I spoke with a TA that approved this idea during office hours today, and they said I should submit it as a project proposal.
# Habit-Forming Toothbrush Stand
- Rahul Vasanth (rvasant2)
- Quinn Andrew Palanca (qpalanc2)
- John Jung-Yoon Kim (johnjk5)
There are few habits as impactful as good dental hygiene. Brushing teeth in the morning and night can significantly improve health outcomes. Many struggle with forming and maintaining this habit. Parents might have a difficult time getting children to brush in the morning and before sleep while homeless shelter staff, rehab facility staff, and really, anyone looking to develop and track this habit may want a non-intrusive, privacy-preserving method to develop and maintain the practice of brushing their teeth in the morning. Keeping track of this information and but not storing it permanently through a mobile application is something that does not exist on the market. A small nudge is needed to keep kids, teenagers, and adults of all ages aware and mindful about their brushing habits. Additionally, many tend to zone out while brushing their teeth because they are half asleep and have no idea how long they are brushing.
Our solution is catered toward electric toothbrushes. Unlike specific toothbrush brands that come with mobile applications, our solution applies to all electric toothbrushes, preserves privacy, and reduces screen time. We will implement a habit-forming toothbrush stand with a microcontroller, sensors, and a simple LED display that houses the electric toothbrush. A band of sensors will be wrapped around the base of the toothbrush. Lifting the toothbrush from the stand, turning it on, and starting to brush displays a timer that counts seconds up to ten minutes. This solves the problem of brushing too quickly or losing track of time and brushing for too long. Additionally, the display will provide a scorecard for brushing, with 14 values coming from (morning, night) x (6daysago, 5daysago, . . . , today) for a "record" of one week and 14 possible instances of brushing. This will augment the user's awareness of any new trends, and potentially help parents, their children, and other use cases outlined above. We specifically store just one week of data as the goal is habit formation and not permanent storage of potentially sensitive health information in the cloud.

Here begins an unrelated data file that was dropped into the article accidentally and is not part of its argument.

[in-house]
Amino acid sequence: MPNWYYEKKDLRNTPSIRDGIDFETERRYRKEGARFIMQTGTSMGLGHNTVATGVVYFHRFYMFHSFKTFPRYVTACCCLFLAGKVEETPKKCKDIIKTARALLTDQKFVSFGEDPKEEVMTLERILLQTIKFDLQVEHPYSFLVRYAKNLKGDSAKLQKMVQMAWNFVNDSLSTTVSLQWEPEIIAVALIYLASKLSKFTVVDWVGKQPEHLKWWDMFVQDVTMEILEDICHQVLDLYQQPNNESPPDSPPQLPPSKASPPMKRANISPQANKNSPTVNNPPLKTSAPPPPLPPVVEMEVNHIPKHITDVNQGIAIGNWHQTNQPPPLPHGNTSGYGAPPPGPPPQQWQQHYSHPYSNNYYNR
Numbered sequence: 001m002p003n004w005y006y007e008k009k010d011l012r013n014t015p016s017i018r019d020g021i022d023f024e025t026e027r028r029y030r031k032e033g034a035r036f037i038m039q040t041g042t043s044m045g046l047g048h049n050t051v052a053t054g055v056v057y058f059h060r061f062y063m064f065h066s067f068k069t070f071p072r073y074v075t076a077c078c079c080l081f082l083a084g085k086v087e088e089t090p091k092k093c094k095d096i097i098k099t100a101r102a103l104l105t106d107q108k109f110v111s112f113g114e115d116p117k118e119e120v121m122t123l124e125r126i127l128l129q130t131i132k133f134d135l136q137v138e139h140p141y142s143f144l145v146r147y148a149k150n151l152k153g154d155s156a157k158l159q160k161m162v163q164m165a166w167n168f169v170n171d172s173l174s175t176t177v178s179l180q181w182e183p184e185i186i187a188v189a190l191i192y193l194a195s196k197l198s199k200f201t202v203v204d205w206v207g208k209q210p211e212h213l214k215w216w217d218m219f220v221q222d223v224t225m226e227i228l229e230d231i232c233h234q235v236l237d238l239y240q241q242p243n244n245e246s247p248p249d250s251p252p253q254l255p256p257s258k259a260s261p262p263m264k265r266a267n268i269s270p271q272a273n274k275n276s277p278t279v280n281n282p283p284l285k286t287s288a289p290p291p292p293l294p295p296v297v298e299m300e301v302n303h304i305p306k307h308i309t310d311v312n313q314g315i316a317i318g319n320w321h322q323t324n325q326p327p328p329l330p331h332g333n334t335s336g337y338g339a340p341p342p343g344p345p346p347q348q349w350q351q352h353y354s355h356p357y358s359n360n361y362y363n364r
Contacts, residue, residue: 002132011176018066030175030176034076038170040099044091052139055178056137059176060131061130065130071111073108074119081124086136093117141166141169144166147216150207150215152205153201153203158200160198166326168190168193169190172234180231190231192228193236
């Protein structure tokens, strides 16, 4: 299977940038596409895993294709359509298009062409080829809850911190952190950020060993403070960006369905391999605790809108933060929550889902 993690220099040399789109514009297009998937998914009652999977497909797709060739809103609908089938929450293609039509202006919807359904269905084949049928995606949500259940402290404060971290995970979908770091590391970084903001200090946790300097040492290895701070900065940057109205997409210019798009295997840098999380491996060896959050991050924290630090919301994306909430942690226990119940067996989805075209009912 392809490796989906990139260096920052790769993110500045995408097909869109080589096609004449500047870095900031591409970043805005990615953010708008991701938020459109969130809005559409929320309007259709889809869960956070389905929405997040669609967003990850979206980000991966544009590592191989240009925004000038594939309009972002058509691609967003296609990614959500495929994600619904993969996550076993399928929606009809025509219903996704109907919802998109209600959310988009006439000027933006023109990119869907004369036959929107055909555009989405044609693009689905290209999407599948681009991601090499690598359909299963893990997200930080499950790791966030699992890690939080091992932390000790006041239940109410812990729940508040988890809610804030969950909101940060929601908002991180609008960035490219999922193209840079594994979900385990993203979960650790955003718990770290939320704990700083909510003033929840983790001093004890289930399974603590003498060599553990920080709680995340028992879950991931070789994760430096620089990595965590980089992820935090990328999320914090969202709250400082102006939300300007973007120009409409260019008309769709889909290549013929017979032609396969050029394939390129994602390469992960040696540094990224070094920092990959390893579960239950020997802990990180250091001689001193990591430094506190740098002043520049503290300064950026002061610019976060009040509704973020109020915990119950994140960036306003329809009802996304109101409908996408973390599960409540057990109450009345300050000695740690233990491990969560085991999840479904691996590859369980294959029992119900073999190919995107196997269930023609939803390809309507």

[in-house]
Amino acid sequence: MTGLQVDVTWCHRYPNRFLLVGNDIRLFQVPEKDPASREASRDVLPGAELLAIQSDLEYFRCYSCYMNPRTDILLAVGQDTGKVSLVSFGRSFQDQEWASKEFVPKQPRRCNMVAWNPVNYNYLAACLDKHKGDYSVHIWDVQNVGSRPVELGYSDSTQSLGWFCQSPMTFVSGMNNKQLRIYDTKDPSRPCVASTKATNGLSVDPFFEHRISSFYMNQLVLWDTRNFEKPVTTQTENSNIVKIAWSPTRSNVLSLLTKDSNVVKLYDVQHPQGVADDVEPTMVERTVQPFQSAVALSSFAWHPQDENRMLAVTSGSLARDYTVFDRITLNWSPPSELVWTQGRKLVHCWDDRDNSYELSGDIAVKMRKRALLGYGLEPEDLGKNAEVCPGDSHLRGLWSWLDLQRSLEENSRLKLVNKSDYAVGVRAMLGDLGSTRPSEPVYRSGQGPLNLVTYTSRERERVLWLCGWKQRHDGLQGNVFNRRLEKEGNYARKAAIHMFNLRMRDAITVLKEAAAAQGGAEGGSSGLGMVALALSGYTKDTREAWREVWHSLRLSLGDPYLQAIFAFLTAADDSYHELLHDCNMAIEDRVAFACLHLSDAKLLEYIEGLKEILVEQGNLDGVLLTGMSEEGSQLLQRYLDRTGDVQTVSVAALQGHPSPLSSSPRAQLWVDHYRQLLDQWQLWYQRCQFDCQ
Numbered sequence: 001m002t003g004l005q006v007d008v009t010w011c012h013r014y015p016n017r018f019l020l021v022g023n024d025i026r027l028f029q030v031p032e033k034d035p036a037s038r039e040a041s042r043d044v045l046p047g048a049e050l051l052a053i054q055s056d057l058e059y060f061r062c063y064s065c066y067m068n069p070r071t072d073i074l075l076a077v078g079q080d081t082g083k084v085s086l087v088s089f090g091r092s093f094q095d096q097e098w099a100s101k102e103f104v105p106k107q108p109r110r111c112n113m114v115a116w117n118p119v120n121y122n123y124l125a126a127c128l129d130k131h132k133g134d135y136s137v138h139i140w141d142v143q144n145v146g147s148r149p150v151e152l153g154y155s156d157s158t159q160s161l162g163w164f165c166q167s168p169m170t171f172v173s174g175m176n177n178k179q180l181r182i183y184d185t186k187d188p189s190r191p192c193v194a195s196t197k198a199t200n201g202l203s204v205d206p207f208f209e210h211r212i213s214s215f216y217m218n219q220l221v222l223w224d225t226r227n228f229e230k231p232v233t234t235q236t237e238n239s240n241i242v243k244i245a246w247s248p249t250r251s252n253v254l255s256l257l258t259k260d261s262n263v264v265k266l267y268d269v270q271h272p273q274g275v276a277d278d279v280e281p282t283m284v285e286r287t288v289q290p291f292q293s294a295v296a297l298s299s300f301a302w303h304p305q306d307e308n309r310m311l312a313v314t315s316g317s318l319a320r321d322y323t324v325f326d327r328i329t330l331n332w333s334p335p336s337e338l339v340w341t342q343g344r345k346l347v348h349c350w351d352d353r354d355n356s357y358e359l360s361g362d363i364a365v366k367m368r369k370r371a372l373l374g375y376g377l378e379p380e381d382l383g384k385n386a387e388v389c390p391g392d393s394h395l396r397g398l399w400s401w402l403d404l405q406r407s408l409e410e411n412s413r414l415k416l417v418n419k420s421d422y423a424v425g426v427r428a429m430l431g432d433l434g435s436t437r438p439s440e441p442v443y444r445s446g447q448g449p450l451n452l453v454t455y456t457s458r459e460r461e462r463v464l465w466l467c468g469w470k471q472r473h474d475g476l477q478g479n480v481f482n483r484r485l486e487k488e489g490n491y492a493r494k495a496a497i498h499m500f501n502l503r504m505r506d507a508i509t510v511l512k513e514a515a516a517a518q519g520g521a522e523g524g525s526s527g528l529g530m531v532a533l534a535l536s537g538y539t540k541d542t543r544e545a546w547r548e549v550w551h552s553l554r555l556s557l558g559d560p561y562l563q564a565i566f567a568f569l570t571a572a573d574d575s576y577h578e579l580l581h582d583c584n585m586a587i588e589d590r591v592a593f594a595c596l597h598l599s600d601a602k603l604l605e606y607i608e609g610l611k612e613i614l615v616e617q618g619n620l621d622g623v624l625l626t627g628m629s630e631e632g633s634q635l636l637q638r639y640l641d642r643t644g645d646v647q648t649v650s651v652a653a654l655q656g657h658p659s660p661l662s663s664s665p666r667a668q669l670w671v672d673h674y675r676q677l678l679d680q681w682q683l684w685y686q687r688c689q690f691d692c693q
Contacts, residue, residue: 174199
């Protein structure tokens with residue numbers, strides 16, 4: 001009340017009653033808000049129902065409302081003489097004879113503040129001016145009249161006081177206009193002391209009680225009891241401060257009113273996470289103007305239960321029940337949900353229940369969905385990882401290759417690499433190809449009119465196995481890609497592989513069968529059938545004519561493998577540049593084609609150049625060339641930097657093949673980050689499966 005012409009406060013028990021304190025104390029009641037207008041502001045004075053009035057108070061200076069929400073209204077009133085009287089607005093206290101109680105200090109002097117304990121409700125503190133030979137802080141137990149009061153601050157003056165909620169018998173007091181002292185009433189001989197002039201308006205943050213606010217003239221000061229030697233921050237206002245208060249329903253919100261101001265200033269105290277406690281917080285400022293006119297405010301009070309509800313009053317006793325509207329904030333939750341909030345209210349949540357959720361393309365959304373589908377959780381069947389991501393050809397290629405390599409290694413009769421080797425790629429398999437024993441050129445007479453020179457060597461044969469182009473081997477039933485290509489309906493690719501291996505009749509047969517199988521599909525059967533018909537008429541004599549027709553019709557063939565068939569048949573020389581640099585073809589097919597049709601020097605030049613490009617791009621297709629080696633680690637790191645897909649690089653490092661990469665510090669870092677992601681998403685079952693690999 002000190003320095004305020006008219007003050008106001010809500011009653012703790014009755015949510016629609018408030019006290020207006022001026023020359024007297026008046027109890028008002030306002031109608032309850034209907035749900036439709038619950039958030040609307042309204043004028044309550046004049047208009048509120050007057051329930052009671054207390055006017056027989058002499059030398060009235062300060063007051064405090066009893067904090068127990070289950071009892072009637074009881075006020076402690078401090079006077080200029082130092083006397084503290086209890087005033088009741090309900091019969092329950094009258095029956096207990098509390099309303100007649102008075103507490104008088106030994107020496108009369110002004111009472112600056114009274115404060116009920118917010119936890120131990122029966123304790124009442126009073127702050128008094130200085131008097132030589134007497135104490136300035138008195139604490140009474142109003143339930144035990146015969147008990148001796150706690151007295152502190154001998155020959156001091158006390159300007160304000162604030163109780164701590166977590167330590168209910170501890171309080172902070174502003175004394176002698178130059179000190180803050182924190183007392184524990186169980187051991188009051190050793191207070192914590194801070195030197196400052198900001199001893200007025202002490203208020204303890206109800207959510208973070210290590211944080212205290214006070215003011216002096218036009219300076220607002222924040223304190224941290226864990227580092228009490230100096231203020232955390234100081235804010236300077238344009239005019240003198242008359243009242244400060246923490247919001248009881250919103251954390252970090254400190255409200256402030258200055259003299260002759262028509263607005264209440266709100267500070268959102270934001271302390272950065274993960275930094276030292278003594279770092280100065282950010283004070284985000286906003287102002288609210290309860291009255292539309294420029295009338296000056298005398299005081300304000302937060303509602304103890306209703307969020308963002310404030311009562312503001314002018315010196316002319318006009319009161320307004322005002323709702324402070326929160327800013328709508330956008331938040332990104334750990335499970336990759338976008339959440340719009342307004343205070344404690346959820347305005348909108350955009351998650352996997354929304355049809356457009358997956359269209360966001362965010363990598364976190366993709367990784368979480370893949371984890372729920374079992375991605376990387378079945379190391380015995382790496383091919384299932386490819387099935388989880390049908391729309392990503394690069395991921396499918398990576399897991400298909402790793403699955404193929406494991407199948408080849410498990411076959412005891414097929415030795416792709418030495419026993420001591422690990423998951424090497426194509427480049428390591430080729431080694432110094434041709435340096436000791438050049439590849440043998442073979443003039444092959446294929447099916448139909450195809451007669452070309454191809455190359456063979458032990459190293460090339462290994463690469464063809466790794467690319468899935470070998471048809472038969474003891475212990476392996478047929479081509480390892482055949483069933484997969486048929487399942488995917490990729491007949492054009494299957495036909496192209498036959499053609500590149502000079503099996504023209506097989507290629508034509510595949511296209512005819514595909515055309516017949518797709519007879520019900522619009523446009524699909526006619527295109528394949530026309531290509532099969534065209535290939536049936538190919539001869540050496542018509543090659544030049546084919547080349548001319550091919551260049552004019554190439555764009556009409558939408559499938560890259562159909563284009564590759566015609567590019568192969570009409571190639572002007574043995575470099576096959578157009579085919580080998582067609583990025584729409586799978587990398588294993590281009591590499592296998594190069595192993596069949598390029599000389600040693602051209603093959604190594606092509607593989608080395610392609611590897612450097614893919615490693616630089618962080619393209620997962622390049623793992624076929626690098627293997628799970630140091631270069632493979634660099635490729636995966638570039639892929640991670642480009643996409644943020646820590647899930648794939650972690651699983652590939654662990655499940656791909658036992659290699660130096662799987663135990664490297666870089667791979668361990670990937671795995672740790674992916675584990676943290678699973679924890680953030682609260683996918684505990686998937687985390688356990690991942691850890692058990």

# Solution Components
## Subsystem 1 - Sensor Band
The sensor band will contain a Bluetooth/Wireless Accelerometer and Gyroscope, or Accelerometer, IR sensor (to determine height lifted above sink), Bluetooth/Wireless connection to the microcontroller. This will allow us to determine if the electric toothbrush has been turned on. We will experiment with the overall angle, but knowing whether the toothbrush is parallel to the ground, or is lifted at a certain height above the sink will provide additional validation. These outputs need to be communicated wirelessly to the habit-forming toothbrush stand.
Possibilities: https://www.amazon.com/Accelerometer-Acceleration-Gyroscope-Electronic-Magnetometer/dp/B07GBRTB5K/ref=sr_1_12?keywords=wireless+accelerometer&qid=1643675559&sr=8-12 and individual sensors which we are exploring on Digikey and PCB Piezotronics as well.
## Subsystem 2 - Toothbrush Base/Stand and Display
The toothbrush stand will have a pressure sensor to determine when the toothbrush is lifted from the stand (alternatively, we may also add on an IR sensor), a microcontroller with Bluetooth capability, and a control unit to process sensor outputs as well as an LED display which will be set based on the current state. Additionally, the stand will need an internal clock to distinguish between morning and evening and mark states accordingly. The majority of sensors are powered by 3.3V - 5V. If we use a battery, we may include an additional button to power on the display (or just have it turn on when the pressure sensor / IR sensor output confirms the toothbrush has been lifted, or have the device plug into an outlet.
# Criterion For Success
1. When the user lifts the toothbrush from the stan and it begins to vibrate (signaling the toothbrush is on), the brushing timer begins and is displayed.
2. After at least two minutes have passed and the toothbrush is set back on the stand, the display correctly marks the current day and period (morning or evening).
3. Track record over current and previous days and the overall weekly record is accurately maintained. At the start of a new day, the record is shifted appropriately.